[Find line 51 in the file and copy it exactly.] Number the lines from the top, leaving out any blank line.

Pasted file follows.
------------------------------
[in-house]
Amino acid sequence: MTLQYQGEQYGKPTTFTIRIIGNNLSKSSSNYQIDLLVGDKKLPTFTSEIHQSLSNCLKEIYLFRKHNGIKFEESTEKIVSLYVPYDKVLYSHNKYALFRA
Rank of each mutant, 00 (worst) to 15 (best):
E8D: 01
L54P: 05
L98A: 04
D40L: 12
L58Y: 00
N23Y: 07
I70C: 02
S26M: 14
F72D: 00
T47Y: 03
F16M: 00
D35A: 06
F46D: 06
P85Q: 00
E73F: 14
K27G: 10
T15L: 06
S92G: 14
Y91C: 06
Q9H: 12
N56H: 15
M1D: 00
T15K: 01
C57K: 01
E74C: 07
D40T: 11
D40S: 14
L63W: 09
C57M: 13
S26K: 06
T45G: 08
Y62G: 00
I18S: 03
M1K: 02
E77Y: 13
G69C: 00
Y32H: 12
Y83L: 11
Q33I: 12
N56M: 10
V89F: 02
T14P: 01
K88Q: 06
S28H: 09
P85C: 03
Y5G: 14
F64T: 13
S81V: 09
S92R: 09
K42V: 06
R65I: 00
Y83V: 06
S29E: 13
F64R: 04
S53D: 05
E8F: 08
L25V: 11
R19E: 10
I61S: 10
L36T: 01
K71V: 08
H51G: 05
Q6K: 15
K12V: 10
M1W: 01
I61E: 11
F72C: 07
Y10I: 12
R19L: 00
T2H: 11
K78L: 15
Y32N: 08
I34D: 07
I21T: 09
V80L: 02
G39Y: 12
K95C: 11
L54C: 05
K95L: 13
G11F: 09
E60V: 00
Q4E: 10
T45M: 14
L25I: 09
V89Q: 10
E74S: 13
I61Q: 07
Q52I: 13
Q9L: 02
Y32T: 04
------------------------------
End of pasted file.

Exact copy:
S81V: 09